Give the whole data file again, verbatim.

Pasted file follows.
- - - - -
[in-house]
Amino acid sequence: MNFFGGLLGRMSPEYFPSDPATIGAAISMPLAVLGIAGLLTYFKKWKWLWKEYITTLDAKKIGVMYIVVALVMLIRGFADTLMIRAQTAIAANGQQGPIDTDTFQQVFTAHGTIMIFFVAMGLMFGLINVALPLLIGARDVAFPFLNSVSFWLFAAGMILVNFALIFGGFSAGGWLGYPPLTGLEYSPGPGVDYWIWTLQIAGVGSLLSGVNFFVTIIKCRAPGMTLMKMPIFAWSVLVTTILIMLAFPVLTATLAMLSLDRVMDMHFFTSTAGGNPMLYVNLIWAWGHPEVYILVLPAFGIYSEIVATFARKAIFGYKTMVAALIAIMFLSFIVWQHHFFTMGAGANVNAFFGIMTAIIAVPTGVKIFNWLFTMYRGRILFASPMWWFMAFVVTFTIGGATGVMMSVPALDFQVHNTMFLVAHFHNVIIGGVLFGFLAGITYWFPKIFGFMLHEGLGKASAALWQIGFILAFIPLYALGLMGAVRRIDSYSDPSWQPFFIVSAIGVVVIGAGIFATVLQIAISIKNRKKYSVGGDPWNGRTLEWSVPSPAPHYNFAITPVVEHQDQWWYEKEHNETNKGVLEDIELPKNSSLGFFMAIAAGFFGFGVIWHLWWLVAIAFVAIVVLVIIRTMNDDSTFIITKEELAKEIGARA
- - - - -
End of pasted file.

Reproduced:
[in-house]
Amino acid sequence: MNFFGGLLGRMSPEYFPSDPATIGAAISMPLAVLGIAGLLTYFKKWKWLWKEYITTLDAKKIGVMYIVVALVMLIRGFADTLMIRAQTAIAANGQQGPIDTDTFQQVFTAHGTIMIFFVAMGLMFGLINVALPLLIGARDVAFPFLNSVSFWLFAAGMILVNFALIFGGFSAGGWLGYPPLTGLEYSPGPGVDYWIWTLQIAGVGSLLSGVNFFVTIIKCRAPGMTLMKMPIFAWSVLVTTILIMLAFPVLTATLAMLSLDRVMDMHFFTSTAGGNPMLYVNLIWAWGHPEVYILVLPAFGIYSEIVATFARKAIFGYKTMVAALIAIMFLSFIVWQHHFFTMGAGANVNAFFGIMTAIIAVPTGVKIFNWLFTMYRGRILFASPMWWFMAFVVTFTIGGATGVMMSVPALDFQVHNTMFLVAHFHNVIIGGVLFGFLAGITYWFPKIFGFMLHEGLGKASAALWQIGFILAFIPLYALGLMGAVRRIDSYSDPSWQPFFIVSAIGVVVIGAGIFATVLQIAISIKNRKKYSVGGDPWNGRTLEWSVPSPAPHYNFAITPVVEHQDQWWYEKEHNETNKGVLEDIELPKNSSLGFFMAIAAGFFGFGVIWHLWWLVAIAFVAIVVLVIIRTMNDDSTFIITKEELAKEIGARA